In 2009, Hamlar started a business brokerage firm, Hamlar Enterprises, which has handled multimillion-dollar regional mergers, business acquisitions and more. In 2012, Hamlar and his wife, Katina, established Hamlar Properties real estate firm. Hamlar is also an adjunct faculty member at American National University’s Roanoke Campus. His family includes young children Simone, Michal and Micah. He is a member of the Omega Psi Phi Fraternity and the Kiwanis Club of Roanoke.
Both Duke Curtis and Mike Hamlar were greatly influenced by their paternal role models — fathers and uncles — in their roles as business professionals, community leaders and entrepreneurs.
Recognized by The Blue Ridge Business Journal as one of the “Top 20 leaders under 40,” Mike Hamlar is energetically campaigning for a State Senate seat in the 19th District, which encompasses part of Roanoke County, all of Floyd County, all of Salem, part of Montgomery County, all of Wythe and Carroll Counties, and part of Bedford. If he is elected, he has said his priorities will be education, Medicaid expansion (which he hopes is accomplished before he makes it to the Senate), and economic development. Gov. Terry McAuliffe recently appointed him to the Secure Commonwealth Panel.
Hamlar points out that a program such as Marketplace Virginia would create 30,000 jobs while providing necessary preventive healthcare. Though not yet the official Democratic nominee, he is eager to gain that distinction so that he can focus on defeating incumbent Republican State Sen. Ralph Smith.
Duke Curtis said about Hamlar’s candidacy, “You don’t find too many young African- American men who will accept the challenge of politics, of running for this seat like Mike has. I really admire him for that.”
H. Clarke “Duke” Curtis, current president of Hamlar-Curtis Funeral Home, admits he is looking forward to eventually retiring and fulfilling all that is on his “bucket list.” Born in 1956, he was educated in Hamlar-Curtis Funeral Home has built a respected reputation that extends into a third generation of leadership. toSERVE 10 OCTOBER 2015 Roanoke and attended John Tyler Community College in Richmond, where he earned an Associate of Applied Science degree in Mortuary Science in 1978.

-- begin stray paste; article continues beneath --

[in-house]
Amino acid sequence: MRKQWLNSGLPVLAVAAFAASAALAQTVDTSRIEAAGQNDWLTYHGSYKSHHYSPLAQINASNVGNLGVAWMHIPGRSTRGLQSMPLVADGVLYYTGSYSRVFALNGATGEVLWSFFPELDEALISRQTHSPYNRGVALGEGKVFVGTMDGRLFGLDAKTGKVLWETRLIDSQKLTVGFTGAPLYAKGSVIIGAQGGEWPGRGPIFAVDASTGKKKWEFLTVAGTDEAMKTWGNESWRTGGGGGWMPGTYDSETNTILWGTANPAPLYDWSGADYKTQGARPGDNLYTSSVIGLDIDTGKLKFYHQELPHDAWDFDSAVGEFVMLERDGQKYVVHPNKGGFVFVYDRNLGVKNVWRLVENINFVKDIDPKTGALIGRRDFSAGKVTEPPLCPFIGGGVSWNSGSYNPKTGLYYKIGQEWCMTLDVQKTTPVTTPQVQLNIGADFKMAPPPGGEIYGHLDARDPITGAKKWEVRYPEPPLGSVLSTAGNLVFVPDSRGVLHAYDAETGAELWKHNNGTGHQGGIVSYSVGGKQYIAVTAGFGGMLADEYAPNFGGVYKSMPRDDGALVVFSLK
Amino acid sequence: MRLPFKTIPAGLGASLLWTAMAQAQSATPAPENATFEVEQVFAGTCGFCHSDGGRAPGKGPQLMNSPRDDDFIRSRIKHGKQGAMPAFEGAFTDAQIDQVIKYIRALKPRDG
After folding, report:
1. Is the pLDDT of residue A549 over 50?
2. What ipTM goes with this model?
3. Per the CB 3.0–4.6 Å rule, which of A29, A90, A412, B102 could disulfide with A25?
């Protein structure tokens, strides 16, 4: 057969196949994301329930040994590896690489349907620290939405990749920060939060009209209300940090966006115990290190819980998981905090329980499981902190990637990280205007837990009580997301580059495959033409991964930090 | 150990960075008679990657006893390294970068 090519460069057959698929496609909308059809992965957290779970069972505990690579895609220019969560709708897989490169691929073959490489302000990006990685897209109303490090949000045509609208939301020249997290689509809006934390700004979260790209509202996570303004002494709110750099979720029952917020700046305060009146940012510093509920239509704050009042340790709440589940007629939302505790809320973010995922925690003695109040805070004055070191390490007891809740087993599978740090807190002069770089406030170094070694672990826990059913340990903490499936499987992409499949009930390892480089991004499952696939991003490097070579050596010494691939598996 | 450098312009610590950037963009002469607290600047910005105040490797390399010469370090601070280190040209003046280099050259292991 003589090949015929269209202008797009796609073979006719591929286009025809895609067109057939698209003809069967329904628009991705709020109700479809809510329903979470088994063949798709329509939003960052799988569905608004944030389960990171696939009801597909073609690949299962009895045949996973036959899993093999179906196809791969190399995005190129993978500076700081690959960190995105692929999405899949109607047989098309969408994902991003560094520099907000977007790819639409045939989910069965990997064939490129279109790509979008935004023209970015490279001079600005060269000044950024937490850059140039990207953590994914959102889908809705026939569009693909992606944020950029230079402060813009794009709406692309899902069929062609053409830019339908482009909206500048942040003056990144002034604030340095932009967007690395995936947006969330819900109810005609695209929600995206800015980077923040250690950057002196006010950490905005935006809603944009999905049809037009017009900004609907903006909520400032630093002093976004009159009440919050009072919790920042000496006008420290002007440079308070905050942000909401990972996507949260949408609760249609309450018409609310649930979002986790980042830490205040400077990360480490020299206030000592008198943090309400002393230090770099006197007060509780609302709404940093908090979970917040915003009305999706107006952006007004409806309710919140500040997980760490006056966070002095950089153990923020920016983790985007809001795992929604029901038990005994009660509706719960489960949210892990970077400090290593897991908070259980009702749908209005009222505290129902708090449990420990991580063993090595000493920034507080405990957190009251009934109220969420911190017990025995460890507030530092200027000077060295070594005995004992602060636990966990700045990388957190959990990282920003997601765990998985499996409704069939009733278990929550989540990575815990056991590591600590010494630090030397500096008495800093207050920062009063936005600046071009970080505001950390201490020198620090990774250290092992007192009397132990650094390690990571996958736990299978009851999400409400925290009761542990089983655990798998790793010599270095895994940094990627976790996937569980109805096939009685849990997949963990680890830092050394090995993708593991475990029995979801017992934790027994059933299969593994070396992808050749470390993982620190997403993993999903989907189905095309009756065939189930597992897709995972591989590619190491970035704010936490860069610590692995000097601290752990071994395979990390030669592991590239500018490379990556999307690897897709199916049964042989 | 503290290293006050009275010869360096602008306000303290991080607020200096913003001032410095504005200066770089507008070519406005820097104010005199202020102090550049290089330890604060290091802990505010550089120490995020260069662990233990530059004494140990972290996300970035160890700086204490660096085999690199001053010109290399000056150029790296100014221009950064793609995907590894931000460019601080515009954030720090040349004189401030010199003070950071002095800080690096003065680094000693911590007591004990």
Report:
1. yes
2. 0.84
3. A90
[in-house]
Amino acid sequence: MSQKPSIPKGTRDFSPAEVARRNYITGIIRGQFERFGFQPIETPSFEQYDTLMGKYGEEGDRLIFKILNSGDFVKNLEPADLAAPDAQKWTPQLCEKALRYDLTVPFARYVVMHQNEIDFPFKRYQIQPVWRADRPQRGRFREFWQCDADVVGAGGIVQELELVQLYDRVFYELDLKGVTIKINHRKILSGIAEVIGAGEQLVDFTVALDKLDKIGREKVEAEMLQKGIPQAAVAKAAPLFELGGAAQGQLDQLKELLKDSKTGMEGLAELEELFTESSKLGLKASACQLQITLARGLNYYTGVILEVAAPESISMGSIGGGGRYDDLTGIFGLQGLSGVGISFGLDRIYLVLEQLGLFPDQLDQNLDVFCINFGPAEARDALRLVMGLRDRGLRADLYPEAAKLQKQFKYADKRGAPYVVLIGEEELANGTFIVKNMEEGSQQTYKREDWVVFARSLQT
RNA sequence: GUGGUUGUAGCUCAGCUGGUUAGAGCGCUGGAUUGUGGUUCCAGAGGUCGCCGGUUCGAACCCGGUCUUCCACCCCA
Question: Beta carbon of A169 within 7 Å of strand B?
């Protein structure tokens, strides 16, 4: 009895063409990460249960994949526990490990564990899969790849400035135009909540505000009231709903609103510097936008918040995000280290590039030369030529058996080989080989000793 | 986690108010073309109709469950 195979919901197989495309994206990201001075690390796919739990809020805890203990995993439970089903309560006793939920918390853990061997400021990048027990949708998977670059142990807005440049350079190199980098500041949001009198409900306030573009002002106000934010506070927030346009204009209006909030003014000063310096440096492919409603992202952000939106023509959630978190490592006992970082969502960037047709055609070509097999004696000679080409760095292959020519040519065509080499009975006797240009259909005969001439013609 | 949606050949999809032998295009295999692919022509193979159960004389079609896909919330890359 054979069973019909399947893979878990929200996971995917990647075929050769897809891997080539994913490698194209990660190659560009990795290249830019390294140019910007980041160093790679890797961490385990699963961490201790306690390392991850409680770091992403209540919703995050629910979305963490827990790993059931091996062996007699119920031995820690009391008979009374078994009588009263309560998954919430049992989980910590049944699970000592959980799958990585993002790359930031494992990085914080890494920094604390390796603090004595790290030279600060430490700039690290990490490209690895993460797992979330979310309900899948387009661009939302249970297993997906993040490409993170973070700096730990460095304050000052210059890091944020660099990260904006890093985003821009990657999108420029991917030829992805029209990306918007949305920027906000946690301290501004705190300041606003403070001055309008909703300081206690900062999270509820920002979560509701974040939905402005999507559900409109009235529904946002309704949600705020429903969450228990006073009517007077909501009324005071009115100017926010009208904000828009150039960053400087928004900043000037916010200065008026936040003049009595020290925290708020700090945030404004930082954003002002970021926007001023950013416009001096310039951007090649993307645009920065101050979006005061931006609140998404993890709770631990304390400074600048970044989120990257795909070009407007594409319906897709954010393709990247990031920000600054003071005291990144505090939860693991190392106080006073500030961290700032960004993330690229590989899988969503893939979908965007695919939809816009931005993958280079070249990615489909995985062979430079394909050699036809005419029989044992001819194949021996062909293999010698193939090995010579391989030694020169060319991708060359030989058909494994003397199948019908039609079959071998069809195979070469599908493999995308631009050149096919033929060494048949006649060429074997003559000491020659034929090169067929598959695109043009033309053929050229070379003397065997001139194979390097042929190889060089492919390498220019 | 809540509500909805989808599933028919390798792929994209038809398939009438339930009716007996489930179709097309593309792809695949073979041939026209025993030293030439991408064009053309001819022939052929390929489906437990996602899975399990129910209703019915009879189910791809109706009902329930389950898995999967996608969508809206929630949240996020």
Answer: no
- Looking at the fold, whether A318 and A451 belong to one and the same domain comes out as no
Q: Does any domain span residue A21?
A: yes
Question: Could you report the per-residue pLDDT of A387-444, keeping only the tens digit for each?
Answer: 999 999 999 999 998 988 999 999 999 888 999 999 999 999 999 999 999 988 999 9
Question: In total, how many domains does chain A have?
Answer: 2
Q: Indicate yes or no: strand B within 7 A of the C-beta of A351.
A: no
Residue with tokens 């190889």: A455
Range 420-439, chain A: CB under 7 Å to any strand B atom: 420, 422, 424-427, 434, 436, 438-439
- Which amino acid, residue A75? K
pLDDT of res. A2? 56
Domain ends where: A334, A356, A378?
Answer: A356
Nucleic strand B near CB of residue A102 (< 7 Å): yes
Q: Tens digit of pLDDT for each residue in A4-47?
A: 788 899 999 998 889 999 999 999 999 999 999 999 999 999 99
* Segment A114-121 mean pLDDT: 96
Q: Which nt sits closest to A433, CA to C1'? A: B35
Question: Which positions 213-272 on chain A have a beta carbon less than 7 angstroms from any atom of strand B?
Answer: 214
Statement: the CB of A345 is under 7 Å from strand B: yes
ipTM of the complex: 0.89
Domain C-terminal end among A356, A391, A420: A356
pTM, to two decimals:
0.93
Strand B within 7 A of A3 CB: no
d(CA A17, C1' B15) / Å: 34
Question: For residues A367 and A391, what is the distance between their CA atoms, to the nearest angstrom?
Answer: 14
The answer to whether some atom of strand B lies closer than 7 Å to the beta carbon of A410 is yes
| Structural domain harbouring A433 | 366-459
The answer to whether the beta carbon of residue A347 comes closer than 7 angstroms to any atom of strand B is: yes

Certified by The Conference of Funeral Service Examining Boards of the United States, Inc., and by the Virginia Board of Funeral Directors and Embalmers, Curtis has a long history of professional affiliations and awards. He has served as chairman of the board of Virginia Morticians Association, is past president of Virginia Morticians Association and Western District Funeral Directors Association, and is currently a member of numerous national and state professional boards.
Curtis has served on Virginia Tech’s School of Medicine and Research Community and Diversity Advisory Board, and Greater Roanoke Valley Development Foundation, SunTrust advisory board, Center in the Square board, board of Roanoke Regional Chamber of Commerce, and the Roanoke City Public School Education Foundation. He is a member of the Shenandoah Club.
He has in the past been chairman of New Horizons Healthcare Center (formerly Kuumba Community Healthcare Center), United Way of Roanoke Valley Board of Directors, Minority Leadership Development Programs Chairman of United Way, University of Virginia Advisory Counsel for Continuing Education, Long Range Planning Committee of the Roanoke City Public Schools, Big Brothers, Board of Directors of the Hunton YMCA, Community Advisor to Wasena Elementary School “Just Say No” to Drugs Camp, Council of Community Service Board of Directors, Central YMCA, Apple Ridge Farm, Better Business Bureau and New Century Venture Council (a business incubator).
Curtis is a deacon and director of the Anchor of Hope Community Center at High Street Baptist Church, a Mason, and a Shriner. His past honors include Outstanding Young Man of America, Father of the Year of High Street Baptist Church, Business Man of the Year/YMCA Family Center Branch, Western District Mortician of the Year, Outstanding Community Service/Alpha Kappa Alpha, and Omega Psi Phi Citizen of the Year Award.
He is married to the former Patricia Reynolds, with whom he has two children: Tiffany, a registered nurse in Dallas, Texas, and Patrick, who now works with him in Roanoke. He helped raise his nephew Donte’, who also works in Dallas. Curtis enjoys working out, reading, music, traveling, and spending time with his family.
Curtis strongly believes in encouraging young people. “Dare To Be Different” and “Pay it Forward” are two quotes frequently used by Curtis with community and family.